HEADQUARTERS FIRST MINNESOTA VOLUNTEERS,
Camp near Sharpsburg, Md., September 20, 1862.
Captain J. W. GORMAN,
Assistant Adjutant-General, Gorman's Brigade.
CAPTAIN: I have the honor to make the following report of the part the regiment took in the action of the 17th instant:
We marched out of camp, the regiment on the right of the brigade. After crossing the creek and gaining the high ground on the opposite side, we were formed on the right of the front line of battle, under a very severe artillery fire from the enemy, and advanced under this fire over several fields, the distance of about three-quarters of a mile, into a woods close to the enemy and in front of our line of battle. Here we were posted behind a rail fence. The enemy soon appeared in force on the left of the brigade, opened a very severe fire of musketry on us, while some of their artillery in front of us also opened on us. Our loss here was very heavy, yet the men bravely held their position, and did not leave it until after the two brigades in rear had fallen back and the left regiments were moving, when they received the order to retire. Retiring in line of battle, we again halted outside the woods, to hold the enemy in check while the rest were retiring. Here the Eighty-second New York with their Colonel and colors reported to me, and formed on my right. The Nineteenth Massachusetts also reported, and formed on my left. We were soon again engaged with the enemy, but, seeing that the enemy were turning my right, I ordered the line to fall back in line of battle. The regiment here also suffered greatly in killed and wounded. We again made a stand near some farmhouse for a short time, and there took up a strong position about 100 yards back, behind a stone fence, when a section of artillery was sent to assist us. We kept the enemy in check till they brought a battery of artillery on our flank, which compelled me to order the regiments back to join our line of battle.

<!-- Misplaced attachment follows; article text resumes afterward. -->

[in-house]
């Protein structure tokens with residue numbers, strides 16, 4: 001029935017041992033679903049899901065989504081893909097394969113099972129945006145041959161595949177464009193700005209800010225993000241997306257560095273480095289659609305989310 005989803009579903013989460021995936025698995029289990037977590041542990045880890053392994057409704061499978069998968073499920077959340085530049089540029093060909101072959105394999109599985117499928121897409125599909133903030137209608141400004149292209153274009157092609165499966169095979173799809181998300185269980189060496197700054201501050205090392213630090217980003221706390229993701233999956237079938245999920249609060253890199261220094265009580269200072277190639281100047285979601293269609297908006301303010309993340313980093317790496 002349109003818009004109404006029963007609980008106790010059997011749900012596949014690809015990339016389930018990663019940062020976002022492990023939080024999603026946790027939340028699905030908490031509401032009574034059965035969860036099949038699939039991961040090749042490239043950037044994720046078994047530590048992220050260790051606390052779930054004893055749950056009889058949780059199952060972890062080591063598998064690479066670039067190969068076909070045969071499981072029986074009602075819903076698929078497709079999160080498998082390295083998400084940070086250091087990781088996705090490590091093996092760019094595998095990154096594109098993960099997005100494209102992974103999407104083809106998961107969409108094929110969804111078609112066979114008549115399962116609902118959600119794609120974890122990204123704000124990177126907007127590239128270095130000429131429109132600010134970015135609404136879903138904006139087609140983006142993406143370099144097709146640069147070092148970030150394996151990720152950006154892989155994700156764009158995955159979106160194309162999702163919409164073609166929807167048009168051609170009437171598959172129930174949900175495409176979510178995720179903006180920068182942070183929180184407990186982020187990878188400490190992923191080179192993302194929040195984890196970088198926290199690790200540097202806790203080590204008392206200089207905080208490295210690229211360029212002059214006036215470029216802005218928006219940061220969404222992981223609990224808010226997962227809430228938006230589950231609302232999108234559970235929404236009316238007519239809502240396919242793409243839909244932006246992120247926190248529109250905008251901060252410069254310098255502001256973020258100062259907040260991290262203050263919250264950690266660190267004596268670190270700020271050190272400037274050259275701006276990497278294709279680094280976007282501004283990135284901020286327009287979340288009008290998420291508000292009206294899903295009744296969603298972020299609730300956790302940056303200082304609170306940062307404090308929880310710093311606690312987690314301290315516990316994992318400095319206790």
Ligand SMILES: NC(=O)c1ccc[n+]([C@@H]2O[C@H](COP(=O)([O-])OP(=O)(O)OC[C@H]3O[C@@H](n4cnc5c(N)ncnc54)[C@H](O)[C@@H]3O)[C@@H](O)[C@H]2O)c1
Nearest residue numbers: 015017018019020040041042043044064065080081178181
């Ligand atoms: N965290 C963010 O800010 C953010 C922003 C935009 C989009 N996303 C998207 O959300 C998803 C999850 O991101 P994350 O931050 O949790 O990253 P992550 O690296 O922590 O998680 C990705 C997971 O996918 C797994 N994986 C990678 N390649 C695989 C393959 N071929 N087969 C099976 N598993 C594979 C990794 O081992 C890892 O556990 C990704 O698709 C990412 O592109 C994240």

The officers and men of the regiment behaved nobly, and it was with some difficulty I got some of them to obey the order to fall back. We marched into the action with 435 men. This includes the sharpshooters (Second Minnesota) company, but not Company I. They were not with us. Our loss in killed, wounded, and missing amounts to - Captain G. A. Holzborn, Company K, killed; Captains Smith, Company D; Pomeroy, Company E; Adams, Company H, wounded. Enlisted men killed, 15; wounded, 79; missing, 24. Total enlisted men killed, wounded, and missing, 118.
Among the killed the regiment have to mourn the loss of a brave and useful officer, Captain Hozborn. Captain Smith was severely wounded; Captains Adams and Pomeroy and Lieutenant Shepley, slightly.
With much respect, your obedient servant,
Colonel First Minnesota.
Source: OFFICIAL RECORDS: Series 1, Vol 19, Part 1 (Antietam - Serial 27) , Pages 314 - 315